I’ve been on the fence for some time now about a major change – a big chop, which will take the locks I’ve been growing for months into a shoulder length, wild and crazy, side-parted, long bob. Something like Beyonce’s do from the 2013 MTV awards. The last time I made a dramatic cut, I had recently undergone a keratin treatment so wasn’t too worried. But now, it has grown out, and I’m dealing with the natural texture which can be a bit unruly. I know it doesn’t seem like a big deal to most, but getting a haircut is my worst possible. I chalk it up to a bad move in college, when I cut it to my shoulders (you should know it was ridiculously long), started blowing it straight daily which totally destroyed it, and am since convinced that its never been the same. Truth. It’s also tricky because curly hair takes double as long to grow. When the response from a friend to my proposed haircut is, “it’s hair, it’ll grow”, I’m not sure they are fully taking into account the lengthier commitment. I’ve been wanting to embrace this change for quite some time though, and as I learn to embrace my hair (that will never be as long as I want), instead of fighting nature, why not just go with it. It’s curly. And it’s big. It breaks. And it’s frizzy. And that is OK. In fact, it’s better then ok. I think a shorter, confident and edgy style will be the perfect fresh update. I’m kind of over trying to manage my hair to a standard that I didn’t even create. There is something completely freeing about giving yourself permission to just accept who you are.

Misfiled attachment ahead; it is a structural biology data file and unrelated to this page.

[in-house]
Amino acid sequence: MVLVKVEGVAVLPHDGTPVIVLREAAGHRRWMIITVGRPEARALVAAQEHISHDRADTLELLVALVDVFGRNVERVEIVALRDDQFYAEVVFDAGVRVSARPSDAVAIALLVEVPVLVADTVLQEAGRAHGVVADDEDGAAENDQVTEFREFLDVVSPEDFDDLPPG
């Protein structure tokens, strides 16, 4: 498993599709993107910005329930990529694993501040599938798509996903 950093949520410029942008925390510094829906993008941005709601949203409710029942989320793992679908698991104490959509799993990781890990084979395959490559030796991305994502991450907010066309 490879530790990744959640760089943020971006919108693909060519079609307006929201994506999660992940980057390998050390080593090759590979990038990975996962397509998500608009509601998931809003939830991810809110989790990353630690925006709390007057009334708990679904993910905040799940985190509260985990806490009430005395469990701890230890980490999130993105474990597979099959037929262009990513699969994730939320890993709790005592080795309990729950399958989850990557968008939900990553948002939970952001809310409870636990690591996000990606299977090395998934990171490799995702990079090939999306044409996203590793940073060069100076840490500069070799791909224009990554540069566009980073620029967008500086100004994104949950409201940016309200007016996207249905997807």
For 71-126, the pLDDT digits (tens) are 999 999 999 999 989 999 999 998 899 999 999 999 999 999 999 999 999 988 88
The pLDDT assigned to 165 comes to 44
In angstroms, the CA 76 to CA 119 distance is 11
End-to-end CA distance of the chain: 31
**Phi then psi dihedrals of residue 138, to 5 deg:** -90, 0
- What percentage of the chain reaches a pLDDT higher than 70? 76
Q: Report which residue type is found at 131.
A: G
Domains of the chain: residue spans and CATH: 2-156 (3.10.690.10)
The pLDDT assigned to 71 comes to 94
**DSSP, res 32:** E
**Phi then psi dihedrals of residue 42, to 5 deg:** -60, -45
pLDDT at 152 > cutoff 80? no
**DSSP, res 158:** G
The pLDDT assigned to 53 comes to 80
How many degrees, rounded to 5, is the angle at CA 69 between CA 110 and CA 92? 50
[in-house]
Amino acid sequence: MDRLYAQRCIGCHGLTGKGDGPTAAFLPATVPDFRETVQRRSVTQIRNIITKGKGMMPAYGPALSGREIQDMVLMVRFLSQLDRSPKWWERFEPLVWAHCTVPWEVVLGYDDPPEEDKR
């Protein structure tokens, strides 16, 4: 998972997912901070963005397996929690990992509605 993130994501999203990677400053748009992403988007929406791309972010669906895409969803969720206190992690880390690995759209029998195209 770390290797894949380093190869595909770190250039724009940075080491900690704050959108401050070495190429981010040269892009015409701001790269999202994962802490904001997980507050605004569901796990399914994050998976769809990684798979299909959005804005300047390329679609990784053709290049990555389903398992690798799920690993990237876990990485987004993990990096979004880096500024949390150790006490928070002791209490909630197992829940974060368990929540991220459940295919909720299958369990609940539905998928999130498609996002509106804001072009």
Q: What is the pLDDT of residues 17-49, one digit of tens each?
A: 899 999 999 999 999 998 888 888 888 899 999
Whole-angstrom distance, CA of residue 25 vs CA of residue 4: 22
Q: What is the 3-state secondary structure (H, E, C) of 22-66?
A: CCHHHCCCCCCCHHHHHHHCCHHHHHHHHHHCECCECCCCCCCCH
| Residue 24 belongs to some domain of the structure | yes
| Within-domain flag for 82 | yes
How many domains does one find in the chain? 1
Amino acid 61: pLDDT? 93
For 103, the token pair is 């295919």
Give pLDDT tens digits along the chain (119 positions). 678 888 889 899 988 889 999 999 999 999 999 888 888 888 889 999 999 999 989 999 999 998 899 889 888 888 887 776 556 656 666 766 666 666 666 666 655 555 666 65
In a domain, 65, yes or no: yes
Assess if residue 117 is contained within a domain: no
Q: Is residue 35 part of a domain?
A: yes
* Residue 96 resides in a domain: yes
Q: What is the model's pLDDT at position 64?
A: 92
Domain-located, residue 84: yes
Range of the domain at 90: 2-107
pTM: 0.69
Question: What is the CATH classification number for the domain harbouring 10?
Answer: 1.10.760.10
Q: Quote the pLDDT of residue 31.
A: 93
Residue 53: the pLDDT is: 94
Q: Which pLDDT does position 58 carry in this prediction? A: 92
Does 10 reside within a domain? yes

With all this being said, and as I continue on my quest for hair salvation, I’ve solicited some expert advice on how to deal with unruly frizz from the incredible hair stylist Janet Waddell, who will be styling the cut for me when the time comes (Stay tuned for a follow-up “after” post, even if it comes in a year from now, but don’t hold it against me if I opt out. Ha!). Hailing from the UK, Janet Waddell has an international resume that includes running the Vidal Sassoon in San Francisco to working with one of the most prominent and prestigious hair stylists in NYC, John Barrett, as the Education Director and Senior Stylist in his Bergdorf Goodman location. After 8 years with John Barrett, Janet left to open her own studio here in New York, which has grown exponentially in a short amount of time. In addition to her epic hairstyling skills from an artistic perspective, Janet has also “introduced a very special private Health and Wellness area, dedicated to helping women experiencing hair loss. She offers beautiful solutions to issues such as alopecia, trichotillomania, and hormonal hair loss/thinning due to the effects of chemo.” When her and I met for a consultation, she guided me towards a style that would work specifically for my hair, that wouldn’t defy nature, and would coincide with my personal style. A testament to who she is as a person, her goal is to always empower women to feel their best and be the most beautiful version of themselves. A woman after my very own heart.